Why Are Tropical Storms Brewing In Arabian Sea? Know What Experts Say

Bhubaneswar: Cyclone Tauktae and now Cyclone Yaas. One after another. Why are we witnessing so many of them, especially in the Arabian Sea? Is climate change fuelling them?

Oceans soak up more than 90% of the heat generated by greenhouse gases, leading to rising water temperatures. As cyclones draw their energy from warm waters, the rising temperatures are causing intense storms to become more common, experts say.

“Now what is happening — the Arabian Sea temperatures, the ocean’s surface temperatures — are warming rapidly,” climate scientist Roxy Mathew Koll of the Indian Institute of Tropical Meteorology told AFP, the financial daily ‘mint’ reported.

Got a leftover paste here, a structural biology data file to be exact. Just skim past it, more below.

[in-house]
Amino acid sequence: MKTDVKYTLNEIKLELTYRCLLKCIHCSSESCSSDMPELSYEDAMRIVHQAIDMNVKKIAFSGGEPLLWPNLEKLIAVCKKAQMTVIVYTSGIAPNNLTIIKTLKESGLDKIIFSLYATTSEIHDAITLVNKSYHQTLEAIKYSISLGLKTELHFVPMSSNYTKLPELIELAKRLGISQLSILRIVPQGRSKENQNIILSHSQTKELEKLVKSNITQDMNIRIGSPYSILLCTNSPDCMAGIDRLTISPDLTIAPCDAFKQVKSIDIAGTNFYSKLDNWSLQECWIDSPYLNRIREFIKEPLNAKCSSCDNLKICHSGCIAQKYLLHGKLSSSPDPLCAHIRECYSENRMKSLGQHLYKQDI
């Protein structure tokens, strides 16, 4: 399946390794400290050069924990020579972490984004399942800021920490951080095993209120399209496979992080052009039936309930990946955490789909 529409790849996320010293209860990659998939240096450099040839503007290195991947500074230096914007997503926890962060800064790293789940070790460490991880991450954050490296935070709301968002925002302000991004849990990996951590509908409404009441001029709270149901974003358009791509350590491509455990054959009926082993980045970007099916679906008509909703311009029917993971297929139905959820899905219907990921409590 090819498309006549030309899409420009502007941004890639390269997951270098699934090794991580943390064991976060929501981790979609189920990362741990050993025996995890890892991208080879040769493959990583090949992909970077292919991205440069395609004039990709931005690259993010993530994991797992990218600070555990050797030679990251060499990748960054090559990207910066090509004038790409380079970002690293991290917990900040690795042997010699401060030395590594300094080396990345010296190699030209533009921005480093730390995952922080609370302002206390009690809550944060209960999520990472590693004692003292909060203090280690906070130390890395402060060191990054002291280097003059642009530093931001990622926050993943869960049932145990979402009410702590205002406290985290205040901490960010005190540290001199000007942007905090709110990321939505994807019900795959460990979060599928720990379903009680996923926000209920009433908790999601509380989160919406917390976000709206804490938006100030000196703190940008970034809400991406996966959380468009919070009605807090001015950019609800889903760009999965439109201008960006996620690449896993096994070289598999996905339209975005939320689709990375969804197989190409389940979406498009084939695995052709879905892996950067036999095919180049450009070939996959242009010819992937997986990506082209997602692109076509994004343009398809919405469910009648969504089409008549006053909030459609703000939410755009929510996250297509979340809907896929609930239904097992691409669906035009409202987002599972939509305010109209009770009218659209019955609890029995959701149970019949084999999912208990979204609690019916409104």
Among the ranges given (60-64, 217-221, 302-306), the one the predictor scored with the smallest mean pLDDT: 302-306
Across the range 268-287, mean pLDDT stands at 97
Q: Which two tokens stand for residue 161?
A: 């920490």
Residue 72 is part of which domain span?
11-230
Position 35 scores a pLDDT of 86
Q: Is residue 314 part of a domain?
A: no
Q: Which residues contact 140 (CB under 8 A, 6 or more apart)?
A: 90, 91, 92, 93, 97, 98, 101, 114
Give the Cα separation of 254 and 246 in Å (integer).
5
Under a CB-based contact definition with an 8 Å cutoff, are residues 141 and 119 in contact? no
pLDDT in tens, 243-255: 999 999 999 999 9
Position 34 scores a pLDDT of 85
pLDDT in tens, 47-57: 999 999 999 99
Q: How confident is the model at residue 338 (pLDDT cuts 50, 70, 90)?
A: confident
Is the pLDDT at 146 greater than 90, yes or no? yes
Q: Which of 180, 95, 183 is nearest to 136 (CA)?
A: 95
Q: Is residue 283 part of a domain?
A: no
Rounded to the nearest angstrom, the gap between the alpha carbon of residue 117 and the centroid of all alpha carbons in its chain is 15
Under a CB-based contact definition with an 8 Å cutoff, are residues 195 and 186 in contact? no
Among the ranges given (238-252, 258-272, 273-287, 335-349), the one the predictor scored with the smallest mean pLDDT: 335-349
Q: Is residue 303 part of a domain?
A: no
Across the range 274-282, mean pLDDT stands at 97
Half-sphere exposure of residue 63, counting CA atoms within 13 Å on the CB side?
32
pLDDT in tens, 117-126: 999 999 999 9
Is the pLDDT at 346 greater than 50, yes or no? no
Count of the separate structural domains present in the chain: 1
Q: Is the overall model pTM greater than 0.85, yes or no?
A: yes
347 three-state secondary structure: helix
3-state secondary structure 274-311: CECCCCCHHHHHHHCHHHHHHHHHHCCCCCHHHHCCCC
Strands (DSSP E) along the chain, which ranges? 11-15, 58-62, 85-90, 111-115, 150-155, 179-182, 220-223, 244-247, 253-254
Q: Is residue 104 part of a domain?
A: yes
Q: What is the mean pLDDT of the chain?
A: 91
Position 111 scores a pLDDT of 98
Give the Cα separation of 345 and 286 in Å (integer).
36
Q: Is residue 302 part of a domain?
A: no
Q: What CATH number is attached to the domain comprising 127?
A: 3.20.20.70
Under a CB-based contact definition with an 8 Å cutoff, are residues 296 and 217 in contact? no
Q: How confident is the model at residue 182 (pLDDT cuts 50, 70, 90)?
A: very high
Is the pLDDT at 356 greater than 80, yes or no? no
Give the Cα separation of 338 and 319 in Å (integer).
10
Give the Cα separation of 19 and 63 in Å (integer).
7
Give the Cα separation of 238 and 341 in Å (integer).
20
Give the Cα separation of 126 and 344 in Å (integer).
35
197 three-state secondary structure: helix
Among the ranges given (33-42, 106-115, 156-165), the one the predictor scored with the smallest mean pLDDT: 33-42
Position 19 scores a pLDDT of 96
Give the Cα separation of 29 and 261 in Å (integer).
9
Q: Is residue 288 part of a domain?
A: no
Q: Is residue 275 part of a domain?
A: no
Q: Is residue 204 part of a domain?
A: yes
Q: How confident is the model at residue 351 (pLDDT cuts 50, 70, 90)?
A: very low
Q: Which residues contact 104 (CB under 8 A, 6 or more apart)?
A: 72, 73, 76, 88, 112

Rising sea levels could also boost storm surges from cyclones, making them even more deadly and destructive.

The Arabian Sea factor

This is the first time since the start of satellite records in 1980 in India that there have been four consecutive years of pre-monsoon cyclones in the Arabian Sea.

“One of the reasons that we are seeing more and more storms and cyclones in the tropical regions, especially regions like Arabian Sea and all, is because of ocean warming, rapid ocean warming,” Koll was quoted as saying.

“The Arabian Sea is one of the fastest-warming basins across the global oceans,” he added.

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